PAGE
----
Telecommunication services provider Huawei Technologies Co is reportedly focusing toward the low-end smartphone market, a turnaround from its 2015 move to raise its profile at the upper segment of the market.
Experts said that it is Huawei's strategy to take market share from global rivals like Apple Inc and Samsung Electronics Co, and Huawei could potentially start expansion in the African, South Asian and Southeast Asian markets.
Huawei's founder Ren Zhengfei told a company meeting that he wants to see a focus toward the low-end smartphone market, the Securities Daily reported Wednesday.
"More than 90 percent of the world population is impoverished, and our competitors have explored markets for poor people, who should not be neglected," Ren was quoted as saying in the report.
Ren's remarks were made on July 6, which means that starting in the second half of this year, Huawei was already following the new strategy, according to the report.
"Ren has high standards, so 'low-end' does not mean low quality. It means cost-effective smartphones, aiming to fulfill the demand of consumers who live in poor areas in the world," Liu Dingding, an independent technology analyst, told the Global Times on Wednesday.
In recent years, domestic phone makers such as Lenovo and TCL have increased shipments by selling smartphones to markets in Africa and Latin America, Liu said, noting that "it is impossible that Huawei has not noticed the great growth potential in these markets."
Each model offered by these brands in emerging markets costs no more than 1,000 yuan (1), and some only cost half that, Liu said.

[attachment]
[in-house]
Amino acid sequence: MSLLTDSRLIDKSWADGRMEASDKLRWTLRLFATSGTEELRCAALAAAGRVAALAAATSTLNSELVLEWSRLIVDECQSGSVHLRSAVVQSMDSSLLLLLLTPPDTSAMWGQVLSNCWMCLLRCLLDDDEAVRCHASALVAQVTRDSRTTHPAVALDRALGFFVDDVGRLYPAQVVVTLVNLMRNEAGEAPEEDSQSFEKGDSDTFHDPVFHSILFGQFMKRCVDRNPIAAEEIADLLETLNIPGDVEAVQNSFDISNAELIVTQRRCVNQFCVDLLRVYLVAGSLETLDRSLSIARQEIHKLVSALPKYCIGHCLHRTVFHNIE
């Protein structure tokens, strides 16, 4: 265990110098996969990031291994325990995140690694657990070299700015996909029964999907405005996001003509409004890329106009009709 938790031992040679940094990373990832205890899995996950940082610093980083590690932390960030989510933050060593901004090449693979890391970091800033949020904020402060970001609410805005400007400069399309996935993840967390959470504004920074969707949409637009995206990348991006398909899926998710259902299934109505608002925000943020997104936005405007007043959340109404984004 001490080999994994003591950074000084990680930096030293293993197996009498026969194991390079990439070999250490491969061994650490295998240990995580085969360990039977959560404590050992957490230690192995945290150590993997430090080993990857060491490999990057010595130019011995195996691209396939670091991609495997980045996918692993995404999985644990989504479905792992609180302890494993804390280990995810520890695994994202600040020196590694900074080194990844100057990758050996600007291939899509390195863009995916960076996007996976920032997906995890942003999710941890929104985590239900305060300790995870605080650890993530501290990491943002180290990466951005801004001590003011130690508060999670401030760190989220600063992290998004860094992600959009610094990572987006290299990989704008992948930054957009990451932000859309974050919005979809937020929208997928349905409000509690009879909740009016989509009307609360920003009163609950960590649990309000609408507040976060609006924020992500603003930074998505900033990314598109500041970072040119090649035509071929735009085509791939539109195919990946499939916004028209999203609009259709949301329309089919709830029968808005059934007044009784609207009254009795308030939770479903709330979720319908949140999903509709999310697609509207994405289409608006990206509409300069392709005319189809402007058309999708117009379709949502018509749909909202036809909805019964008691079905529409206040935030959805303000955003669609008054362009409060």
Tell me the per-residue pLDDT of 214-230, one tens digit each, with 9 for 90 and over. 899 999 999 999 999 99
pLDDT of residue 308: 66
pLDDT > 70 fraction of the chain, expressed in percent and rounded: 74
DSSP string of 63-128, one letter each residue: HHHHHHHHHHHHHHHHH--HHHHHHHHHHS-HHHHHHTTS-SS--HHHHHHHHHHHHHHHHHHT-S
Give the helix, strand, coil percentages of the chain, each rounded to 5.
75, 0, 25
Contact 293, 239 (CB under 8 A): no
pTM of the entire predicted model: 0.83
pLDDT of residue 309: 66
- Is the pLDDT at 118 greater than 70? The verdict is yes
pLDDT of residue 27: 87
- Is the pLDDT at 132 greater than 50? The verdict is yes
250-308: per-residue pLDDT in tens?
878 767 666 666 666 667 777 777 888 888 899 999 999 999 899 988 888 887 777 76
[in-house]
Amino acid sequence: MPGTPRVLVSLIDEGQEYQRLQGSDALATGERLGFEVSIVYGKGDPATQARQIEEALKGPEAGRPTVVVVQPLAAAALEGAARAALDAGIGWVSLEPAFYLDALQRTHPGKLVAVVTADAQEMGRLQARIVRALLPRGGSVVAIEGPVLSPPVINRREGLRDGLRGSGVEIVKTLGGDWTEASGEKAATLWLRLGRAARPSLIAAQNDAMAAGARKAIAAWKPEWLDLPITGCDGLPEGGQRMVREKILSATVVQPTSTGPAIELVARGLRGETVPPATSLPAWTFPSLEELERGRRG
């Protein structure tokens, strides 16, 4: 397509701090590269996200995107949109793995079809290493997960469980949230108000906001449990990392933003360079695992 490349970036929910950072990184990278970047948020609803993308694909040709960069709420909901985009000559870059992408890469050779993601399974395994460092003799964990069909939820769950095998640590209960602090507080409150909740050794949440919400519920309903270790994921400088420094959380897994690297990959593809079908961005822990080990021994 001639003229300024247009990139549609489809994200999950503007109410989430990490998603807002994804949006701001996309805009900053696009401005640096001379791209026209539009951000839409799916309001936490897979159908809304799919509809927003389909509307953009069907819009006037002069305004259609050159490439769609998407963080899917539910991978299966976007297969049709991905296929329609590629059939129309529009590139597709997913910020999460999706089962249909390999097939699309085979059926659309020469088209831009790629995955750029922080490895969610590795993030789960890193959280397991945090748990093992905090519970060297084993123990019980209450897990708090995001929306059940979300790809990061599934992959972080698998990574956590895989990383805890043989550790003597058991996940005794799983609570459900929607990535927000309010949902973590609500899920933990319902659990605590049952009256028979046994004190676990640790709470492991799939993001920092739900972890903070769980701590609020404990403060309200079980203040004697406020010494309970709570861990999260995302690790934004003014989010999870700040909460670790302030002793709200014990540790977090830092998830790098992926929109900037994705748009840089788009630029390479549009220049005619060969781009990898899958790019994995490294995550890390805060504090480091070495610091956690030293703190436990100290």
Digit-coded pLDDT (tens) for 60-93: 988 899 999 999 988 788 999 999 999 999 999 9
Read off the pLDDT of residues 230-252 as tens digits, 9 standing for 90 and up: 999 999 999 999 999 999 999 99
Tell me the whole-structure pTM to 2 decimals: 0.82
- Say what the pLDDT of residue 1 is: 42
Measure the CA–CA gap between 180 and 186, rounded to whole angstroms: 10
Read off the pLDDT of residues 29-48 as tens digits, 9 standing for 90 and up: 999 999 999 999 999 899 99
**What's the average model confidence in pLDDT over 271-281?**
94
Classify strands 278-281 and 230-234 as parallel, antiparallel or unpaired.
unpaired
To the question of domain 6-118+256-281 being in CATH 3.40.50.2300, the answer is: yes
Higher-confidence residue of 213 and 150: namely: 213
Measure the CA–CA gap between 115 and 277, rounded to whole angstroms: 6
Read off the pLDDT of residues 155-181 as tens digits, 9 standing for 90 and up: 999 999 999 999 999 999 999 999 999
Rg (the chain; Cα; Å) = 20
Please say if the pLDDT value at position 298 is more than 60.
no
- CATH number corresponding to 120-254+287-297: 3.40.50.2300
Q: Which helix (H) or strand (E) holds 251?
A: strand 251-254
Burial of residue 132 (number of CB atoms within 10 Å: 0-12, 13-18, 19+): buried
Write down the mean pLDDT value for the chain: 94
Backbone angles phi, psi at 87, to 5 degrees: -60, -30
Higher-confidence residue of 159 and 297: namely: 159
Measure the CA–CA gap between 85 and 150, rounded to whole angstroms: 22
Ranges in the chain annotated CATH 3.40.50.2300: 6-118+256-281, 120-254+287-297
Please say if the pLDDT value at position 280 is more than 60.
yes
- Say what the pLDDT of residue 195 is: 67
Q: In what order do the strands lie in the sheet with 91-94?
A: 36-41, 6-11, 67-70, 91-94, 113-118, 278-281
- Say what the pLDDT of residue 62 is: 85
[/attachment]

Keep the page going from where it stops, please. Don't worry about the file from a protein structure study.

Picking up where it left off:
An expanding presence in low-end markets will help domestic phone producers develop demand there and offer some Internet added-value services in the future, according to Liu. "It is a vital strategic deployment."
Wang Yanhui, head of the Shanghai-based industry organization Mobile China Alliance, agreed, saying that Huawei performed quite well in the European and U.S. markets, but less so in rising markets in Africa, South Asia and Southeast Asia.
"If Huawei only focuses on mid- and high-end markets while neglecting low-end ones, its growth will be limited," Wang told the Global Times Wednesday. He said that "high-end products could help Huawei build up its brand while the low-end markets could expand its total sales volume."
Wang said that Huawei is likely to increase its investment in the Southeast Asian and South Asian markets.
Competition is set to get even tougher if Huawei focuses on the low-end smartphone market, Liu said. Domestic rivals such as Xiaomi, ZTE, TCL and Lenovo that concentrate on the low- and mid-end markets will be worst-hit because Huawei has strong capabilities in manufacturing and research and development, plus a relatively high brand value.
If the aggressive Chinese smartphone maker really wants a larger global market share, it should move into the low-end market, just like its competitor Samsung, experts said.
It is relatively easy for Huawei to surpass global rivals like Apple and Samsung in terms of shipments, but it is still difficult for the Chinese company to match their influence, Liu said.
Samsung remained the leader in the global smartphone market with a 23.3 percent share in the second quarter, followed by Apple and Huawei with 12 percent and 11.3 percent, respectively, according to data released by industry research firm IDC in August.
Huawei achieved 19.6 percent year-on-year growth in the second quarter while Samsung and Apple made only mild gains of 1.4 percent and 1.5 percent, respectively, the IDC data showed.
Experts said that Huawei will not abandon the high-end market and it will keep trying to build its brand in that segment to compete with global rivals.
Huawei started raising its profile at the upper end of the market in 2015, when it released an array of premium smartphones, including the Mate and Ascend P models.
On October 16, Huawei launched its latest smartphone in Germany, with the flagship product kicking off the new era of intelligent phones that use artificial intelligence.